No delays for 1-15 construction in Las Vegas, unlike 1968

As crews continue to work uninterrupted on reconfiguring the Spaghetti Bowl interchange in downtown Las Vegas, it’s a little hard to believe that construction was delayed on nearby sections of Interstate 15 just 50 years ago.

A short story running in the April 5, 1968, edition of the Las Vegas Review-Journal titled “Three Southern Nevada Road Projects Delayed” noted that cutbacks in federal funding hampered vital improvements for sections of I-15 running through the downtown area.

The projects were estimated at a combined $7 million to build sections of I-15 from Bonanza Road to Monroe Avenue, and from Bonanza to Charleston Boulevard.

The third project called for building what was then known as the Downtown Expressway, a mile-long road running between Las Vegas Boulevard and I-15, spurring west toward Rancho Drive. Of course, as the region and freeway system continued to grow, the Downtown Expressway was eventually incorporated into the modern-day U.S. Highway 95.

Hat tip to my Review-Journal colleague, Henry Brean, for discovering this item while researching stories about local residents mourning the assassination of Martin Luther King Jr. on April 4, 1968.

So far, Project Neon has not run into any funding problems despite its $1 billion price tag, according to the Nevada Department of Transportation.

Last month, NDOT’s board of directors sold a third and final round of state bonds to help pay for the ongoing widening of I-15 between Sahara Avenue and the Spaghetti Bowl interchange.

The state Transportation board agreed in 2014 to finance Project Neon with three separate rounds of bond sales. The first in 2016 garnered $200 million, followed by a $185 million issuance in 2017 and a final sale this year of $140 million.

The balance comes from a mix of federal, state and local funds, NDOT spokesman Tony Illia said. At 63 percent complete, Project Neon remains on budget and on schedule for completion by July 2019, Illia said.

“The competitive design-build bidding process enabled an estimated $80 million in saved project costs with completion occurring nearly one year sooner than originally anticipated,” Illia said.

Rough road

Ed from Henderson said the road gets pretty rough while driving along Lake Mead Parkway, between Boulder Highway and the U.S. 95 interchange with the southern 215 Beltway, and wanted to know whether there were any plans for resurfacing.

Illia, the NDOT spokesman, said that the agency is aware of the issue and is “taking proactive steps to remedy the problem shortly.”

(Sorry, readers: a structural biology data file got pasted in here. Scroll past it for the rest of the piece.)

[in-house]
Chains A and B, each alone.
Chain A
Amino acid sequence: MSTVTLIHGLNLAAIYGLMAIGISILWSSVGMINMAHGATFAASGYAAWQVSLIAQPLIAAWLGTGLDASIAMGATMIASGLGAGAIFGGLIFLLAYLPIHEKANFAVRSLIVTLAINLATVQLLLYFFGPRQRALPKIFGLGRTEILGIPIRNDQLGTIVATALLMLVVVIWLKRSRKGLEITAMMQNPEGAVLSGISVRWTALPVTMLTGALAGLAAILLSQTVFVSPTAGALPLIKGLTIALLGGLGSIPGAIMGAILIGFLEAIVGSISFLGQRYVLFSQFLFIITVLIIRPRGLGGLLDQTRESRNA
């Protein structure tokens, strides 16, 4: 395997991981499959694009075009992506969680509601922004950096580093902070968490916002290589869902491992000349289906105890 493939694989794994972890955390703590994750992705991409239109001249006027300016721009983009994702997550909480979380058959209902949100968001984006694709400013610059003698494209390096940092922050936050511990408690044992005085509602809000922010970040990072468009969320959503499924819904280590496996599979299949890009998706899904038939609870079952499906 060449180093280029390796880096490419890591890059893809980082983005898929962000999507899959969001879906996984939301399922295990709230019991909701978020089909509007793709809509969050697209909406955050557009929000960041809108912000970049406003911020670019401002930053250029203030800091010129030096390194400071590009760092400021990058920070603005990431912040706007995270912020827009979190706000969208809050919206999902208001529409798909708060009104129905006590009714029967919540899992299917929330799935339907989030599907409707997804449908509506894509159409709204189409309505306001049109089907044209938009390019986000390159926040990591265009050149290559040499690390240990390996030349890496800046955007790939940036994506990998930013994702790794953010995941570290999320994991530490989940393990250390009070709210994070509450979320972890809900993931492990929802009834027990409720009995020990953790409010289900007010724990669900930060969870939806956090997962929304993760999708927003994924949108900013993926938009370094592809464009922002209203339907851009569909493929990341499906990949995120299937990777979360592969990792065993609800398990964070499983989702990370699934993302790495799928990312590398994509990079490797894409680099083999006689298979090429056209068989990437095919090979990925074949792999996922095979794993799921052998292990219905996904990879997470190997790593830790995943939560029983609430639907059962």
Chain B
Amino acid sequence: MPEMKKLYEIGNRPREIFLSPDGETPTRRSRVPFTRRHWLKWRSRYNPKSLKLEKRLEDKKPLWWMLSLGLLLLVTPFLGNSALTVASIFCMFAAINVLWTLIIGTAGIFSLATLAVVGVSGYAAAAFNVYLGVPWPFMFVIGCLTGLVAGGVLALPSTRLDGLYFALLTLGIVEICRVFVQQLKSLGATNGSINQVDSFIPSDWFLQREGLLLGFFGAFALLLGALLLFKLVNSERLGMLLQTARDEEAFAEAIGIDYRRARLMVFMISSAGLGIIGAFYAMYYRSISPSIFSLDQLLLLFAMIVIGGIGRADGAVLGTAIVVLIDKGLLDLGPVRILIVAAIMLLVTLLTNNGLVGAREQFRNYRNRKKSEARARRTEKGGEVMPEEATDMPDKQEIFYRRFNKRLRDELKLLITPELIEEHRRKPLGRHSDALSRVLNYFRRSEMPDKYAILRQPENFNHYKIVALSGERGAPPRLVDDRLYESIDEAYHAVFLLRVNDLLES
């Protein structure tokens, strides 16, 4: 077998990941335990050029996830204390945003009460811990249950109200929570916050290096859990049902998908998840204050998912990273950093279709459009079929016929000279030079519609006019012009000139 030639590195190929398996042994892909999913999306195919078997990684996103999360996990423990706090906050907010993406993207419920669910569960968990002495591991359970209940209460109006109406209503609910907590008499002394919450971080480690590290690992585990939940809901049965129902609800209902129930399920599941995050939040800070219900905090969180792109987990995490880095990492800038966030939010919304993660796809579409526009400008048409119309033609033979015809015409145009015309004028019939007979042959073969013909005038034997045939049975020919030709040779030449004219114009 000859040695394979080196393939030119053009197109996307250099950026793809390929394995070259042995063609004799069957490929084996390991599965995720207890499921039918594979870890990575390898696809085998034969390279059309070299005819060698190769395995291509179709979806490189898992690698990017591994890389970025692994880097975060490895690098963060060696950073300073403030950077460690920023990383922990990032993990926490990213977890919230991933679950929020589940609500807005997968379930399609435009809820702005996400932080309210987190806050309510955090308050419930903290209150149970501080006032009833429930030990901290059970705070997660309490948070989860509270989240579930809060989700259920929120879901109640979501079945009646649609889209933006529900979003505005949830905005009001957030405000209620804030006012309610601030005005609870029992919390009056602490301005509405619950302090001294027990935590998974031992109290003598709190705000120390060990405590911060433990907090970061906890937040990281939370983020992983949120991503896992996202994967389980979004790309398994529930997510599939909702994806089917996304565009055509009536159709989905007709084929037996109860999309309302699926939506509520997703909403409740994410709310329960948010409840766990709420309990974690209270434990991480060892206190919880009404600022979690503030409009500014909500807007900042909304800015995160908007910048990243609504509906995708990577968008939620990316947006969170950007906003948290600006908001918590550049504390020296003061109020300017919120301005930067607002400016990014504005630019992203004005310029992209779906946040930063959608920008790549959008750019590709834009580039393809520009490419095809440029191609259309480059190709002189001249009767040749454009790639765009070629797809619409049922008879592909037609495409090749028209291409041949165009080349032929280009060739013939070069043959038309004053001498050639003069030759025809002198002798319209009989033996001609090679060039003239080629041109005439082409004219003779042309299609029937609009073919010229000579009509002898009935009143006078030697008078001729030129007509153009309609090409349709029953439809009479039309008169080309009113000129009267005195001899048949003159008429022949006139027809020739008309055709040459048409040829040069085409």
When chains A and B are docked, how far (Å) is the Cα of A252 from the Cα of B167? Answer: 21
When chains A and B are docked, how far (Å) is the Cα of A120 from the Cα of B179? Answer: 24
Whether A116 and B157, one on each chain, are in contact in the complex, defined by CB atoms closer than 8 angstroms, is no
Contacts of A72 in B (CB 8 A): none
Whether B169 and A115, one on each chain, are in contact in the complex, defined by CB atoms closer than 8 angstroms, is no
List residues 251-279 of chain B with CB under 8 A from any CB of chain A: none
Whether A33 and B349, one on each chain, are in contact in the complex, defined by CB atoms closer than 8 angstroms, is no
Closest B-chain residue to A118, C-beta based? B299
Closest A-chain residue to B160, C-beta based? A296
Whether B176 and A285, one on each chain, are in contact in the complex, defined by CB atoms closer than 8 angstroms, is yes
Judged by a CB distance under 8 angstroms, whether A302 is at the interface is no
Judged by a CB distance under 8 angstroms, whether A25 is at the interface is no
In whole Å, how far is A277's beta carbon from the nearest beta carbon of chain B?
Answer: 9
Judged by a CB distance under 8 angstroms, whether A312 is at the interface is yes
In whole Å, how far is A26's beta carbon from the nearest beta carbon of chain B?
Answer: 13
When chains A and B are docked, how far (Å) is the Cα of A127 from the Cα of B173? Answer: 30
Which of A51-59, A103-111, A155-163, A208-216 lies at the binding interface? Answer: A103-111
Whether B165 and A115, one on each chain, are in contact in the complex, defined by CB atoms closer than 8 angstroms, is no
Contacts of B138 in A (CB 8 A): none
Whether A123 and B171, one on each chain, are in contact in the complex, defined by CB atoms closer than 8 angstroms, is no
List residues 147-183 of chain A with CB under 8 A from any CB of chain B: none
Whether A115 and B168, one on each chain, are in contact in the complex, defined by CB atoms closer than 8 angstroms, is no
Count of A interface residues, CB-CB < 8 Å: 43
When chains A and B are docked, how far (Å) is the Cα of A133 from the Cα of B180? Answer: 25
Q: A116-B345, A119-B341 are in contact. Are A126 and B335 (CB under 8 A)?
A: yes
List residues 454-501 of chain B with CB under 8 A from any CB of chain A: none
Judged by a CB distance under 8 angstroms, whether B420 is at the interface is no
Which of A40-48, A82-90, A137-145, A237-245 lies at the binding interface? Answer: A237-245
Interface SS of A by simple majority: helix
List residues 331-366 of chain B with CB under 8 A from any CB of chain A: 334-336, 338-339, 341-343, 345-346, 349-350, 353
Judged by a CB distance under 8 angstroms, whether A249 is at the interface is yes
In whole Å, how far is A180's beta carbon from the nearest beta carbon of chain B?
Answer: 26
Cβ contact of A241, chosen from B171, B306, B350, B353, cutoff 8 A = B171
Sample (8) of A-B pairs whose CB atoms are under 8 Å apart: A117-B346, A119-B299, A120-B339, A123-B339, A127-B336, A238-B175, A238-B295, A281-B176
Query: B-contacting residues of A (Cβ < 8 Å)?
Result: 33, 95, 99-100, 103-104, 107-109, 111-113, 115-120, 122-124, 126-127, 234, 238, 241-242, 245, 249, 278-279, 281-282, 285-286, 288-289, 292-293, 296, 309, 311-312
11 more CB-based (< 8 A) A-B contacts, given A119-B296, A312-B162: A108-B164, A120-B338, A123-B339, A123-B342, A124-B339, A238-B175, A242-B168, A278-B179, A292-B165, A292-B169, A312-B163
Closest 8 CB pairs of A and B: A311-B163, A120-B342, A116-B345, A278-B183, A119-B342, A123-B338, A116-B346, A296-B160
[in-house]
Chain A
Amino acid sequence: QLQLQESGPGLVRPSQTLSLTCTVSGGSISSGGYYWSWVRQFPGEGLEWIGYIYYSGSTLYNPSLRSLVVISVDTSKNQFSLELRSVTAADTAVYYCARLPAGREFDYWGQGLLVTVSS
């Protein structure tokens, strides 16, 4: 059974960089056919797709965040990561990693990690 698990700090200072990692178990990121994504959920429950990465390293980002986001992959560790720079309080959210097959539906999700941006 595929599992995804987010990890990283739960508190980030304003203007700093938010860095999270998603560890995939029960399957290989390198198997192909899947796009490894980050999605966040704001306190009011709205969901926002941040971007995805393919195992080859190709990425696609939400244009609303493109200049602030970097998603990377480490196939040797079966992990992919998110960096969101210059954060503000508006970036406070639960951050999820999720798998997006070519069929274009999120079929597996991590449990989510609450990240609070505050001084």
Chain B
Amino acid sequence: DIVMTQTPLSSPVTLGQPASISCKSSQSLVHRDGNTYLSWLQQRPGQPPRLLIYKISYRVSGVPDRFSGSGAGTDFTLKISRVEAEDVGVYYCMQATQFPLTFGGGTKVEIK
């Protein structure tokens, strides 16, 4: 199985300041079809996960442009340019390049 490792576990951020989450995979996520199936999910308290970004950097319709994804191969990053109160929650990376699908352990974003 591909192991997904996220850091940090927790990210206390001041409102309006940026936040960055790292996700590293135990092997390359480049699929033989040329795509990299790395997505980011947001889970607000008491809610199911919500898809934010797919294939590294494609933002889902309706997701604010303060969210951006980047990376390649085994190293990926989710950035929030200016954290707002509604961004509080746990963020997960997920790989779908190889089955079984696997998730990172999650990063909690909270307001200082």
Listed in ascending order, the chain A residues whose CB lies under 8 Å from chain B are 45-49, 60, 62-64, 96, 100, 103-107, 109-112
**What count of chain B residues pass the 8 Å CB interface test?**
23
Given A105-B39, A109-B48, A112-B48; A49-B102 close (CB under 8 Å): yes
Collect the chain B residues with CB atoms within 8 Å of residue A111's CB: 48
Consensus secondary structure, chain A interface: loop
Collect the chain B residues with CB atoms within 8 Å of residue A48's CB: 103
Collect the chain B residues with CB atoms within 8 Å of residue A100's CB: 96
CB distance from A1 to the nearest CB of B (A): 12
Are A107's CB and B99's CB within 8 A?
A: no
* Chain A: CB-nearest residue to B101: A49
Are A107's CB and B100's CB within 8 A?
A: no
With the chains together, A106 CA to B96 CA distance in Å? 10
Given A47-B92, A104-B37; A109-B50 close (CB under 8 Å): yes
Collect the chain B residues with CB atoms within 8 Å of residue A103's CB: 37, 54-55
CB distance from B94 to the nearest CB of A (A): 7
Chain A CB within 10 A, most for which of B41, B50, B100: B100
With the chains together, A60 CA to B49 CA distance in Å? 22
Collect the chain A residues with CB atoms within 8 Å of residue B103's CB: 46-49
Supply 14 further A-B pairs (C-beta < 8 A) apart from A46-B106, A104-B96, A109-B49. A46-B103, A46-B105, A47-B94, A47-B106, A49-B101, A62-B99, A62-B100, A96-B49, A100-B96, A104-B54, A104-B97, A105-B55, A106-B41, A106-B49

Pays to be on time

Bill from Las Vegas said he noticed a neighbor’s vehicle tags had expired last August, but received a new January tag after a late renewal.

“Are there any fines for late registration renewals, or do they get a free ride at the expense of those who pay on time?” Bill asked in an email to the Road Warrior.

These scofflaw drivers definitely have a price to pay, said Kevin Malone, a spokesman for the Nevada Department of Motor Vehicles.

Motorists have to pay prorated fees for the time their vehicle registration had lapsed, plus a monthly $6 “late” fee and 10 percent of the past-due governmental services taxes, Malone said. On top of that, the driver also has to pay the next year’s full fees in advance.

However, if the vehicle was not operating on public streets, the driver can sign an “affidavit of non-operation” to avoid those late fees for the time a vehicle was not driven, Malone said.

Wider Warm Springs

Ken from southwest Las Vegas noticed that traffic has increased substantially along Warm Springs Road, particularly between Dean Martin Drive and Decatur Boulevard, then again at Buffalo Drive.

“Are there any plans to widen this corridor, and maybe install a signal to replace the four-way stop at Warm Springs and Valley View Boulevard?” Ken asked.

Although a specific schedule was not provided, Clark County spokesman Dan Kulin said there are “long-range” plans to widen an even longer stretch of Warm Springs, running between Dean Martin and Durango Drive.

County officials will also review the intersection at Warm Springs and Valley View for a traffic signal study.

Questions and comments should be sent to roadwarrior@reviewjournal.com. Please include your phone number. Follow @RJroadwarrior on Twitter.

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